You can find out more about Lili Wilkinson and the books she’s written on her website or follow her on Instagram and Twitter.  Don’t forget to also join Lili and the @PictureBookbc team this Thursday 7th December at 8pm AEST for our December Twitter Chat!

April #picbookbc chat Questions!

Only a few days till our next #picbookbc chat, oh my! We’re certainly excited and hope you are too! In case you’ve missed it, this month’s theme is Illustrations in Picture Books. We’ll also be joined by our delightful guest, illustrator and story teller Anna Walker!

Here are the questions, to help get you prepared! We apologise for the delay in the upload of the questions as they normally go up on the Monday before the chat, oops! We’re going to blame the extreme weather we’ve been having for this one!

Q1. Who are your favourite picture book illustrators and why? What do you love about their illustrating style?

Q2. In a picture book, do you think illustrations are just as important as text? Why?

Q3. When collaborating with an author, do you think that illustrators can get overlooked?

Q4. In your experience, how have picture book illustrations changed over the years? How do you see them evolving in the future?

And we’ll wrap it all up with question time with Anna Walker, so come prepared!

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If you’re unfamiliar with how the chat works head on over to our welcome post!

Join in on the fun at 8pm (AEST) on Thursday the 6 of April!

Hope to see you there!

-Ashleigh

 

‘The Possibilities of Picture Books’

Anna Walker is a name synonymous with picture books in Australia. She is known for her charming, thoughtful and beautiful illustrations all of which are inspired by the tiny details in the world around her. Anna is an award winning author and illustrator and we are most delighted to have her as our guest at the April #picbookbc Twitter chat/party on Thursday 6 April to discuss illustrations in picture books!

Florette‘ is the latest release by Anna Walker and is a sheer delight for readers of all ages.

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Thank you Anna for sharing your own picture book story with us!

The Possibilities of Picture Books

Anna Walker

Imagine a huge room full of magnificent books. A child wanders through the aisles carefully looking for the right book, when she hears a faint sound. Past the towering shelves, through the novels full of adventure, the sound grows louder. Eventually she reaches the far corner of the room to be greeted by a wonderful chorus of chirps, growls and joyful elephant trumpets! It is the children’s book section. The sun streams in the window and as if discovering treasure, the child picks up a book.

Sitting in that sunbeam of light, lost in another world is where I belong. I have always loved books, but picture books are my true love. It has been this way ever since I can remember.

Mum tells the story of me as a baby sitting in my cot with a stack of books. Apparently I would look carefully through each book, ceremoniously tip it on to the floor and then pick up the next one. I am not sure whether my love of books was inspired by this story or whether this story came from my love of books. Either way stories give our life meaning, provide connection and identity. The stories we listen to as a child, the stories we tell as children form part of who we are.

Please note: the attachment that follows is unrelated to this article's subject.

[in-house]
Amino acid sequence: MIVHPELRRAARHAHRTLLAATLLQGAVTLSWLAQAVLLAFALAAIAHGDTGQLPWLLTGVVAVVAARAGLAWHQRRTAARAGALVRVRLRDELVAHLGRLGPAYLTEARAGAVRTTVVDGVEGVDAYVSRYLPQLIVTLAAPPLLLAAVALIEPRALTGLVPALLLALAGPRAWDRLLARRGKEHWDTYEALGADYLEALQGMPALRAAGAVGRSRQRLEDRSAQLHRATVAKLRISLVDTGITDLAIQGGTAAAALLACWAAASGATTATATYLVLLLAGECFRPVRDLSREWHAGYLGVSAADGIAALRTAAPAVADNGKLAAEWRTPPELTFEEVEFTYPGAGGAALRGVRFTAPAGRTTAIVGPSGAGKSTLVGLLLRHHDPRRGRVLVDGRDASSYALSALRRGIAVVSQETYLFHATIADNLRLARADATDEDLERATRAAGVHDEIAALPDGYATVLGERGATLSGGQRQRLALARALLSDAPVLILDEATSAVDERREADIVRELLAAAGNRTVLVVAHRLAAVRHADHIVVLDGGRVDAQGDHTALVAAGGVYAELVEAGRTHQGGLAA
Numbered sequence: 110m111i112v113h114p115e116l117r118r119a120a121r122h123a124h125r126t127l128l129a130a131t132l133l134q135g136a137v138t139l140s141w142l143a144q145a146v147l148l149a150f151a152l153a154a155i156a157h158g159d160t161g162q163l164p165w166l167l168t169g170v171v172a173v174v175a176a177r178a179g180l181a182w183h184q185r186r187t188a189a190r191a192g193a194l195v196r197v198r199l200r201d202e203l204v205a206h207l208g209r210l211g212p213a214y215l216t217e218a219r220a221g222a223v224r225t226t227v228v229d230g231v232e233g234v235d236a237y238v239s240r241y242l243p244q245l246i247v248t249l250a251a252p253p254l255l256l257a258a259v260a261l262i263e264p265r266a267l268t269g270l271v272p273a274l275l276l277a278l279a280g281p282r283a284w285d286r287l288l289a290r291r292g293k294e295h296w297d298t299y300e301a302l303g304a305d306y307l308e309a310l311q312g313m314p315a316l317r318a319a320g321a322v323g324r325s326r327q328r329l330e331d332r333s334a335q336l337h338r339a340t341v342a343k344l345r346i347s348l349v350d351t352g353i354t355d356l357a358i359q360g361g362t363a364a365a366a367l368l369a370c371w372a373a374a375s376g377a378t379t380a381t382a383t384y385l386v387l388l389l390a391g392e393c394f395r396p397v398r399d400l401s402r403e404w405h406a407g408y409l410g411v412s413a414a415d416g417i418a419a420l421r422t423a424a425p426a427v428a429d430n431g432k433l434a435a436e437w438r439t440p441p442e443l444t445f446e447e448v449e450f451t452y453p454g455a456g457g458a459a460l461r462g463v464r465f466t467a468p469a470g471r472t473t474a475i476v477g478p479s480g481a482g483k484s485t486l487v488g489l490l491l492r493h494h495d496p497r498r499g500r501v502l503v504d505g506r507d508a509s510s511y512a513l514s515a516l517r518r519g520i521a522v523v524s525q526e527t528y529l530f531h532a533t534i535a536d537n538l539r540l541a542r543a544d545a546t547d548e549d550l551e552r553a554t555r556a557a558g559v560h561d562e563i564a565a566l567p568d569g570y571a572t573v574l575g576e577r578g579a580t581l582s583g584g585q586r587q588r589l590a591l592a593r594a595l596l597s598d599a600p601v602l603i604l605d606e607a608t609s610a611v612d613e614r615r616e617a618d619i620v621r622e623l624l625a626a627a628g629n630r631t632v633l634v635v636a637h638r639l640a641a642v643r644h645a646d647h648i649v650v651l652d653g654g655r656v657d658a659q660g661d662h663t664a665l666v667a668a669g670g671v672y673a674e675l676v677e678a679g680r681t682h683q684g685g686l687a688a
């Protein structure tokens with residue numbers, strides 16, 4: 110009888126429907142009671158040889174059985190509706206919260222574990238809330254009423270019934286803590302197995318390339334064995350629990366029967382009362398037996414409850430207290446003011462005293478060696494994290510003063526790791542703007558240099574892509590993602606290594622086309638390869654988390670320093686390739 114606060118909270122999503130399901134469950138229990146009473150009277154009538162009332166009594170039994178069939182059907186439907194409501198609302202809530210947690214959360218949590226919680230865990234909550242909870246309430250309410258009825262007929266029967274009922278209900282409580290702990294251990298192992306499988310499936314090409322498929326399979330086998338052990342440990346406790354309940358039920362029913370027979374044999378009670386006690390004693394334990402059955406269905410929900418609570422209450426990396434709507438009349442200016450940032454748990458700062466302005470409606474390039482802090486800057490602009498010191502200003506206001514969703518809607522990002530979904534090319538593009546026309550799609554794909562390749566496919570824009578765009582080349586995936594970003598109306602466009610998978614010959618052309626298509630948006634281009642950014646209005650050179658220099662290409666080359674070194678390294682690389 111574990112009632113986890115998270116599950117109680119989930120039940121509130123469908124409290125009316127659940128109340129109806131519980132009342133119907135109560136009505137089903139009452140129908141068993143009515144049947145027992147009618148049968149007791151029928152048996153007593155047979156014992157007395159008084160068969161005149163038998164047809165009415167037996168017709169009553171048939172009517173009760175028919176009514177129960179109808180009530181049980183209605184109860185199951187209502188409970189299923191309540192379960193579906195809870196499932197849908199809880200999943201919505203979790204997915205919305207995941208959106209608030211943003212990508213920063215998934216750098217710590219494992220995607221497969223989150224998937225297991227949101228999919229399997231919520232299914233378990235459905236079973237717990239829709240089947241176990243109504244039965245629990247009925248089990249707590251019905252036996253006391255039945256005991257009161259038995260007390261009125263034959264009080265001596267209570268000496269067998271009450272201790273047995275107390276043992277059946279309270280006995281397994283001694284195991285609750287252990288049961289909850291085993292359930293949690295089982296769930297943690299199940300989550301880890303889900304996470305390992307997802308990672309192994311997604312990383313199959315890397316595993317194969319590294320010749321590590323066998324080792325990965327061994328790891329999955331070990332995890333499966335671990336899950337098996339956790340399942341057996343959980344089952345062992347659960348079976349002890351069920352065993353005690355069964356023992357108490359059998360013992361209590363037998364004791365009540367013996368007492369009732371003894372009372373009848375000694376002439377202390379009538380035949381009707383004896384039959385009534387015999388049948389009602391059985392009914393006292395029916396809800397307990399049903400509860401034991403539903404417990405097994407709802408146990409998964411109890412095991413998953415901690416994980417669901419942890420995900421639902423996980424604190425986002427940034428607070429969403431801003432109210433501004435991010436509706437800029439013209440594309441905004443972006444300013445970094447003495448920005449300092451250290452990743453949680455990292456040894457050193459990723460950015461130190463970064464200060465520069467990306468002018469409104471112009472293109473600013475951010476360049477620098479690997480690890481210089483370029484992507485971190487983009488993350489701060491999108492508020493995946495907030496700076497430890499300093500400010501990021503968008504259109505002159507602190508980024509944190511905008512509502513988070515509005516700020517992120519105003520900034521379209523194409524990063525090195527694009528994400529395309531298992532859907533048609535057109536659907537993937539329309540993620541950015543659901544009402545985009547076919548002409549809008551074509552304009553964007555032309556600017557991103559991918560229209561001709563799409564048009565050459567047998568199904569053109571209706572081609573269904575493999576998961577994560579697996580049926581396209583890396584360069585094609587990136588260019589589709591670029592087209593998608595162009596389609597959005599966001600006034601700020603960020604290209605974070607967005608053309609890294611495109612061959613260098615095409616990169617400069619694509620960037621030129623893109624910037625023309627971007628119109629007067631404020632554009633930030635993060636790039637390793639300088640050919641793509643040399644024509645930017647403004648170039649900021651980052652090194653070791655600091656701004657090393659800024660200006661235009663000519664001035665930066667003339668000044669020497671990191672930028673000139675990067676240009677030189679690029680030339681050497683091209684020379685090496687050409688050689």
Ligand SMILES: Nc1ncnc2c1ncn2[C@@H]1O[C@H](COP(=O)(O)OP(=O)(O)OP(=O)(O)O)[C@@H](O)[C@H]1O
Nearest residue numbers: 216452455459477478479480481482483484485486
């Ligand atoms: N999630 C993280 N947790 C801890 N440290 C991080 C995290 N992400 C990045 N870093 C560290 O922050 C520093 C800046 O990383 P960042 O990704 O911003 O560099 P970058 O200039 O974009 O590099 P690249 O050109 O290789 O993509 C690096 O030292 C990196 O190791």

The possibilities picture books provide are not limited to helping us understand the world around us, they are a gateway to the imagination. Words hardly do this concept justice. I wish I could illustrate this paragraph! The chance to escape on an adventure to a place you have never dreamt of, to take part in a tea party with a lion or run with a rabbit in golden shoes is pure joy.

As a child I was sometimes reluctant to voice my thoughts by speaking up. Creating images and writing though, was a way of expressing my ideas and helped me gain confidence. I am passionate about children being given the chance to not only experience diverse picture books but to explore telling stories, and express ideas in different mediums.

One of the privileges of being an illustrator is doing workshops with children – the wonderful creative beings that they are! In some classes we create bird characters. It is with delight that I see all those individual expressions of birds using only paper and a pencil, each of them with their individual character. It gives me particular pleasure to see the child who exclaims ‘I can’t draw’ proudly holding up their creation and telling the class about a world they have envisaged.

If it was up to me all children would have the chance to explore different art mediums along with reading and writing – all the way through primary school and beyond! I would love to see further exploration of creativity as part of the curriculum. Paper clay, animation, sand sculpture, split pin creatures, dioramas, cardboard cities, mono-printing, chalk drawings, shadow puppets, ink blobs, stick construction, watercolour, screen printing, fabric painting, abstract work, collage and more! This desire is not because I want all children to become artists, it is seeking the chance for them to discover new ways of seeing things. I think it is great to use different mediums for problem solving and finding interesting solutions to express an idea. And an added bonus is the child weaving their own stories around this creativity.

We are fortunate to be in an era in which there are sooooooo many wonderful picture books! To see a child connect with a story or delight in the world of imagination is a precious thing. And the possibility that a story might inspire a child to express their own unique voice is one of the many reasons I love the world of picture books!